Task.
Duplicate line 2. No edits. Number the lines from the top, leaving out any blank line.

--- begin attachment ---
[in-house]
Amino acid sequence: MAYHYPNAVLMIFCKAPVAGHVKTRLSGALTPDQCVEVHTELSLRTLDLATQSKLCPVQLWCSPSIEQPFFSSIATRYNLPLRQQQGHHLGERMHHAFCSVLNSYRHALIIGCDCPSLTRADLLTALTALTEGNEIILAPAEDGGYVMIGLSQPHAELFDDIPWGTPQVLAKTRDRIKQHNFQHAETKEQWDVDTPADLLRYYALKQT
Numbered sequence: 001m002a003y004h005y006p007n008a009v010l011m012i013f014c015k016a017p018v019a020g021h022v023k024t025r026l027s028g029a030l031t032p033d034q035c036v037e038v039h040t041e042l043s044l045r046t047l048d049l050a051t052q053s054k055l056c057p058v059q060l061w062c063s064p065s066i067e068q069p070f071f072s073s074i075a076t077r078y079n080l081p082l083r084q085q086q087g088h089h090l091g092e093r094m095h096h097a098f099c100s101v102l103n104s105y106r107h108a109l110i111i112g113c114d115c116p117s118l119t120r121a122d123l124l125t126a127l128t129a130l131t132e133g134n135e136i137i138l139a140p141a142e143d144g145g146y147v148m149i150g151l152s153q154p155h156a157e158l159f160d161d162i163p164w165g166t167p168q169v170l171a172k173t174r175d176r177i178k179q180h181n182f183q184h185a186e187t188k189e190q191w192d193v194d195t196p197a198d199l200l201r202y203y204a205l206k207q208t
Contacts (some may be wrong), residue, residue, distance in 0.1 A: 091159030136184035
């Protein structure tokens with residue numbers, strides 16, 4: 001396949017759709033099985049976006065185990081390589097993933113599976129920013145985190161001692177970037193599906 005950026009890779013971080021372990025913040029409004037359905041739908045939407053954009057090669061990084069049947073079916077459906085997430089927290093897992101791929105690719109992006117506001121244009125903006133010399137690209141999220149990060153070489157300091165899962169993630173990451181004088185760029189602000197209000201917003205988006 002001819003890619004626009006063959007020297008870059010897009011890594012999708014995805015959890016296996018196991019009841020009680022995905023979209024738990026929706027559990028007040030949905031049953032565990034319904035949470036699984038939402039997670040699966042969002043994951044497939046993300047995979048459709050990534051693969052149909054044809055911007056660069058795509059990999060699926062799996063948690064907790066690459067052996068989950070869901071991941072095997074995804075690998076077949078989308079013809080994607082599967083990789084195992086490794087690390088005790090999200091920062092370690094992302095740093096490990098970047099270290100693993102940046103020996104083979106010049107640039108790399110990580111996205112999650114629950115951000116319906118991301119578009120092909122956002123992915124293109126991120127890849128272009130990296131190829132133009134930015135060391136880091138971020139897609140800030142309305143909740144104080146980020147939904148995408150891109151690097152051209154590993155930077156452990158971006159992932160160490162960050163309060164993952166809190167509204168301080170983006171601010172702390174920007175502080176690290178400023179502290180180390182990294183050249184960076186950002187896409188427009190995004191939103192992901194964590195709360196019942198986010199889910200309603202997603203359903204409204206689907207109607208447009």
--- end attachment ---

Amino acid sequence: MAYHYPNAVLMIFCKAPVAGHVKTRLSGALTPDQCVEVHTELSLRTLDLATQSKLCPVQLWCSPSIEQPFFSSIATRYNLPLRQQQGHHLGERMHHAFCSVLNSYRHALIIGCDCPSLTRADLLTALTALTEGNEIILAPAEDGGYVMIGLSQPHAELFDDIPWGTPQVLAKTRDRIKQHNFQHAETKEQWDVDTPADLLRYYALKQT